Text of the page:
When I became an entrepreneur, the smartest thing I did was creating a group of fellow young entrepreneurs called Fresh Founders. Over the years, we’ve helped each other build our companies and the community. In the process, we’ve become good friends. For example, Tobi Lütke started Shopify in his basement and built it into one of Canada’s most valuable companies. Now Tobi helps the next generation of entrepreneurs.

Researchers have confirmed that friendship has life-changing benefits:

  • 30% lower risk of heart disease and stroke

  • 30% lower risk of dementia

  • 20% less depression

  • Better work performance

  • Longer life

  • Higher happiness

It’s the friends that you can call up at 4 a.m. that matter.

-Marlene Dietrich

Social modeling

People naturally mimic friends. Hundreds of studies have shown that peers influence behaviors such as eating, exercise, drug use, and achievement.

Therefore, choose friends who pull you up rather than drag you down. Here are proven characteristics of great friends:

  • Intelligent

  • Conscientious

  • High integrity

  • Emotionally intelligent

  • Happy

You are the average of the 5 people you spend the most time with.

-Jim Rohn

How do I identify great friends?

Intelligence is the ability to deal with complexity. Assess it by asking someone to explain a complex topic in a simple way. Then ask hypothetical questions to test for understanding.

Here is an example:

  • What is a topic you know well?

      • Cooking meat

  • Tell me something about the topic I wouldn’t have guessed but I’ll find interesting

      • Barbequed meat tastes good because of the Maillard reaction

  • Tell me about the Maillard reaction

      • It’s a chemical reaction that occurs between amino acids in protein and sugar in sauce or marinade when you heat meat at temperatures above 300°F

  • Hypothetical questions:

      • Would the Maillard reaction occur if you cooked meat at very high heat? How about very low heat?

      • Does amount of fat influence the reaction?

      • What happens if there is no sugar in the sauce?

      • How could you cook meat without heat?

Conscientiousness is a personality trait for being organized, responsible, and hardworking. It’s related to grit, perseverance, and delay of gratification.

To assess integrity, ask others how the person would behave if given an unethical opportunity. For example, would this person tell a lie to get a $20,000 commission?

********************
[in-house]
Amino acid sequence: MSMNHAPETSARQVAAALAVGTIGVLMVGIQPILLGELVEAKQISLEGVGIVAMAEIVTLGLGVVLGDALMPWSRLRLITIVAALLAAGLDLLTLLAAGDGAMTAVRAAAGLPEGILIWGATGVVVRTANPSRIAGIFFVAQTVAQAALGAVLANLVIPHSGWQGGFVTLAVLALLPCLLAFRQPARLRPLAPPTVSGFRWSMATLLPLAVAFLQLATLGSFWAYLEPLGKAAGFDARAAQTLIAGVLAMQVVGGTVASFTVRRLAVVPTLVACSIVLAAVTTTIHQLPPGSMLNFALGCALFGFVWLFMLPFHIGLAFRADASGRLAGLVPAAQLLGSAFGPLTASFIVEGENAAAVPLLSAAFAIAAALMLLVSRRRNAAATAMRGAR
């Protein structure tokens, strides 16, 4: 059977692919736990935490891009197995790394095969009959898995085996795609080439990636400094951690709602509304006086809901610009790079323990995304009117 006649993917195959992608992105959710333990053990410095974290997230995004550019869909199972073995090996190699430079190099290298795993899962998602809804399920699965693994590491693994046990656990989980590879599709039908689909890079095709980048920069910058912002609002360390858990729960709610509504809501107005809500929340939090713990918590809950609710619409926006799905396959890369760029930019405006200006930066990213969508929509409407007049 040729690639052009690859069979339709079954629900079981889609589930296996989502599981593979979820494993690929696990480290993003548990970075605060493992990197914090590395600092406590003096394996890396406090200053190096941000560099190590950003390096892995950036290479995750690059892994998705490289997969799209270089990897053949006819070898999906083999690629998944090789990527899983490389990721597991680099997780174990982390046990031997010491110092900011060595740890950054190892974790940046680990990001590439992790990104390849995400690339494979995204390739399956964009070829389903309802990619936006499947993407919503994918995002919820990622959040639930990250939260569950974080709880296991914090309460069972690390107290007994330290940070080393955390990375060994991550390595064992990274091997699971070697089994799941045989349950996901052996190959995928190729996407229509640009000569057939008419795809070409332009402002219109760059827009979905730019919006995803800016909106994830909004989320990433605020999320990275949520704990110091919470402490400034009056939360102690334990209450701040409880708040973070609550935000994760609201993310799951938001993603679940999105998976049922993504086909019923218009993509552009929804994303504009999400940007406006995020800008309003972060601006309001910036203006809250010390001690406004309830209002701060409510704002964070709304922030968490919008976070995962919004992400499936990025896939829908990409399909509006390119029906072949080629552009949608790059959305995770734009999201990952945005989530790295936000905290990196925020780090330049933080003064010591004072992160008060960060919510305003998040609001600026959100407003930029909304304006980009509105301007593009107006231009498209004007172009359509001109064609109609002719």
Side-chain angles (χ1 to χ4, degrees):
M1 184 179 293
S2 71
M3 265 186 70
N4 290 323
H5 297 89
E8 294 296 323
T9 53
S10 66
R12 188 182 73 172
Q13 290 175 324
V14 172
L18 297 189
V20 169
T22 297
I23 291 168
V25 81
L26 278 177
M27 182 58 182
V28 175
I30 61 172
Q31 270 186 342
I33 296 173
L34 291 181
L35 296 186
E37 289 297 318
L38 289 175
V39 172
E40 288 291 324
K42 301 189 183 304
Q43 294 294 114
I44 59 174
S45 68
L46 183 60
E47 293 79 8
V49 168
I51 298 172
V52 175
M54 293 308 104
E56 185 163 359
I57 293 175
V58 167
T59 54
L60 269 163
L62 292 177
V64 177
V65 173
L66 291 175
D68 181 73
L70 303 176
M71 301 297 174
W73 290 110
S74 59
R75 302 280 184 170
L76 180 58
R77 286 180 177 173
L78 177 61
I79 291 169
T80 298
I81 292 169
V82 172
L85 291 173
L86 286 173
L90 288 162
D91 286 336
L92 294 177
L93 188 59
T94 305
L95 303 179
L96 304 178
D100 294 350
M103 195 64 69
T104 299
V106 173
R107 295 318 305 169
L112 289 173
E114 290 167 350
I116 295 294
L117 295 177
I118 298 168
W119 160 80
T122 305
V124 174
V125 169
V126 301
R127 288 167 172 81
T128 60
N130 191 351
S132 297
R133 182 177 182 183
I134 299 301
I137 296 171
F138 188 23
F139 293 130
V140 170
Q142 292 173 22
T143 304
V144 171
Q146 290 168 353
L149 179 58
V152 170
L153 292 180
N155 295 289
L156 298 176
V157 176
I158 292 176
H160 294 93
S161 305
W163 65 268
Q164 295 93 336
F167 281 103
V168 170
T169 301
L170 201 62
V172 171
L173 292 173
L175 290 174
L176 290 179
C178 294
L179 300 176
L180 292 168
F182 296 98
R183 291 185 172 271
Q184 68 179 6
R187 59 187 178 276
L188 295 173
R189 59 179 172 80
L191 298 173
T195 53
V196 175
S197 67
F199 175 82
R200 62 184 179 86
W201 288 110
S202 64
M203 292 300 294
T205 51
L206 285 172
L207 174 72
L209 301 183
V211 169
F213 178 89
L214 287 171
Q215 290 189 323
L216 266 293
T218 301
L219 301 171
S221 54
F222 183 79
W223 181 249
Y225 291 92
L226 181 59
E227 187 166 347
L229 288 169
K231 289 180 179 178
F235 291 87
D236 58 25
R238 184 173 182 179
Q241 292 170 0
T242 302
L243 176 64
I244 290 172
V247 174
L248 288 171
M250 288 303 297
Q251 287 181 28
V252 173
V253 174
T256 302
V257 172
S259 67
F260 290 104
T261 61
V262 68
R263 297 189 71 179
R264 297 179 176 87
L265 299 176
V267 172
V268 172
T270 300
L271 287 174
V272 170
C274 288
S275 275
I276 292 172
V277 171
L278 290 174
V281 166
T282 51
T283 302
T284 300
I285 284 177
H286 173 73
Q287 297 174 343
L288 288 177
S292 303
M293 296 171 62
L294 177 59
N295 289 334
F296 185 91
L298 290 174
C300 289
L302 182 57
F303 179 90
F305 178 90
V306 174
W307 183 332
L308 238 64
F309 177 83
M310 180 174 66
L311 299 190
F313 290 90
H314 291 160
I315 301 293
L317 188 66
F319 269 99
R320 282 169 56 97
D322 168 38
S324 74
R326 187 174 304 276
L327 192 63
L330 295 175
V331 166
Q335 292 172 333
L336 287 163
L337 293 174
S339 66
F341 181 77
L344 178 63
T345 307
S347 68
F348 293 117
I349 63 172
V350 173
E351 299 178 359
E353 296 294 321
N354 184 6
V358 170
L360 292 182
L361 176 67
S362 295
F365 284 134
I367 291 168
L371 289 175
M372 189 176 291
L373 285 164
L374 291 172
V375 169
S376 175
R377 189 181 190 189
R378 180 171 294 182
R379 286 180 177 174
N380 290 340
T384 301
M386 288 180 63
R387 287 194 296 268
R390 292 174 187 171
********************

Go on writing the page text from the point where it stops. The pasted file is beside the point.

Emotionally intelligent people are aware of emotions. They’ll say things such as: “You seem sad today, are you okay?” or “You look frustrated, can I help?”

Finally, happy people make you feel happy. A Harvard study found that happiness was contagious—people were 25% more likely to be happy when a close friend was happy.

In looking for people to hire, you look for 3 qualities: integrity, intelligence, and energy. And if they don’t have the first, the other two will kill you.

-Warren Buffett

Avoid the unhappy and the unlucky. People who are perpetually miserable spread misery like an infection, and they’ll drown you in it. Avoid these people like the plague. Conversely, if you associate with happy people, you’ll share in the good fortune they attract and spread. Seek them out.

-Robert Greene

Getting great friends

Here is a system:

  • Become worthy

  • Go where they are

  • Ask for referrals

  • Invest time

The asset I most value, aside from health, is interesting, diverse, and long-standing friends.

-Warren Buffett

Become worthy

Homophily is the tendency to form relationships with people like you. For example, top students are usually friends with top students. Therefore, if you want great friends, become a great friend. Start with the chapters on “Time management” and “Happiness”.

Also, researchers found that women preferred friends who shared feelings and provided emotional support. In contrast, men preferred friends who were smart, fit, and rich.

Networking is overrated. Become first and foremost a person of value and the network will be available whenever you need it.

-Naval Ravikant

Go where they are

People often make friends where they spend time. This is school in early life, workplace in middle age, and volunteering in old age. Amazing people gravitate to the best schools, companies, and organizations. They also tend to live in bigger cities.

The large towns and especially London absorb the very best blood from all the rest of England; the most enterprising, the most highly gifted, those with the highest physique and the strongest characters go there to find scope for their abilities.

-Alfred Marshall

Ask for referrals

Yossi Vardi is an entrepreneur and investor who helped build Israel’s famous high-tech industry. I once attended a talk where Vardi shared one of his secrets: he recruited the smartest kids and co-located them in a start-up incubator. I asked Vardi how he discovered them. The answer? Ask other smart kids.